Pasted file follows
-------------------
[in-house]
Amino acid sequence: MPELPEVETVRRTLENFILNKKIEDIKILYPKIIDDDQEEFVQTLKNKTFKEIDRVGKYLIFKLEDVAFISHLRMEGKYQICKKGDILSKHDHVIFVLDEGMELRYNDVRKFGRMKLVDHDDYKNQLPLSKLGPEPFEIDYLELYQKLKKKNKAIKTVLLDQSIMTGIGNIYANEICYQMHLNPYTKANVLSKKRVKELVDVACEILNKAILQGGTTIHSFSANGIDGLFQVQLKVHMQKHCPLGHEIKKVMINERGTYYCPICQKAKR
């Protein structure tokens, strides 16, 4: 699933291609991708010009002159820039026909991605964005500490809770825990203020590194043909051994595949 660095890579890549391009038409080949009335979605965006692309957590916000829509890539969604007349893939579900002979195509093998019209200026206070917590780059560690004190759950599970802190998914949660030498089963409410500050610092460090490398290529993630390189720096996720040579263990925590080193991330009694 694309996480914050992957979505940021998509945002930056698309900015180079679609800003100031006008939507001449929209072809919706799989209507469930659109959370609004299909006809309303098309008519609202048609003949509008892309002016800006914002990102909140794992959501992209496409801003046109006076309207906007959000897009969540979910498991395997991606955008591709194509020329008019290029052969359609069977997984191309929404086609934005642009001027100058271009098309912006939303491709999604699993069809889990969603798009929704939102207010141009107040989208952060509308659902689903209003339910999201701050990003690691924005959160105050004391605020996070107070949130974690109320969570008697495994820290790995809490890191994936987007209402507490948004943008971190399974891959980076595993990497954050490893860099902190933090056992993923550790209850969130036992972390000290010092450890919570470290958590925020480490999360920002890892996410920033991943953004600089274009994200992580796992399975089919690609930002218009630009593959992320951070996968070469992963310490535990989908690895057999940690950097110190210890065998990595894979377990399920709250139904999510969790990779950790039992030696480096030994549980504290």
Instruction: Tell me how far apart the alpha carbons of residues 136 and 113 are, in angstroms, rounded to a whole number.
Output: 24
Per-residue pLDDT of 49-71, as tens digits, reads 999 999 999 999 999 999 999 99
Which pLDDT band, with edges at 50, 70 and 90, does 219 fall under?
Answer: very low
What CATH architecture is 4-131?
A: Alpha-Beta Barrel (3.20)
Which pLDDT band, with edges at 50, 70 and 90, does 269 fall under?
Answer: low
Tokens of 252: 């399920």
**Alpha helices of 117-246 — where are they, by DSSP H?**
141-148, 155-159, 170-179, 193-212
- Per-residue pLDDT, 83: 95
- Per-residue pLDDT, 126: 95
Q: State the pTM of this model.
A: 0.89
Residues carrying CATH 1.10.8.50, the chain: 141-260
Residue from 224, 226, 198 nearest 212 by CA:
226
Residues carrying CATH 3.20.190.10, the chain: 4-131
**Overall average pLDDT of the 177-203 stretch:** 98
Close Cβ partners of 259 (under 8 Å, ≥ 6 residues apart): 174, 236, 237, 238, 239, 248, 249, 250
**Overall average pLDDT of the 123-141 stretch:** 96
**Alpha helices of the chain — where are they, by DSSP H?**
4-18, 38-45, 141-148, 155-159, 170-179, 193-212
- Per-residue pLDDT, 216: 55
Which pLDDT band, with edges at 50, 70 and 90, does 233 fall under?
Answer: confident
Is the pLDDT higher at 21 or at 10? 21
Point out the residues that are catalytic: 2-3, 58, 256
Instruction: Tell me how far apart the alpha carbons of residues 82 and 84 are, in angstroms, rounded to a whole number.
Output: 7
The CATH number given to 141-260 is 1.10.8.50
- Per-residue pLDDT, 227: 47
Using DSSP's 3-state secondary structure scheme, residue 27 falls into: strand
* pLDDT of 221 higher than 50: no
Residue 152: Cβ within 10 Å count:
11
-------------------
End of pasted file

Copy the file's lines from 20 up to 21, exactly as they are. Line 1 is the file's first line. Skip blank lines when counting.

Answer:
Residues carrying CATH 1.10.8.50, the chain: 141-260
Residue from 224, 226, 198 nearest 212 by CA: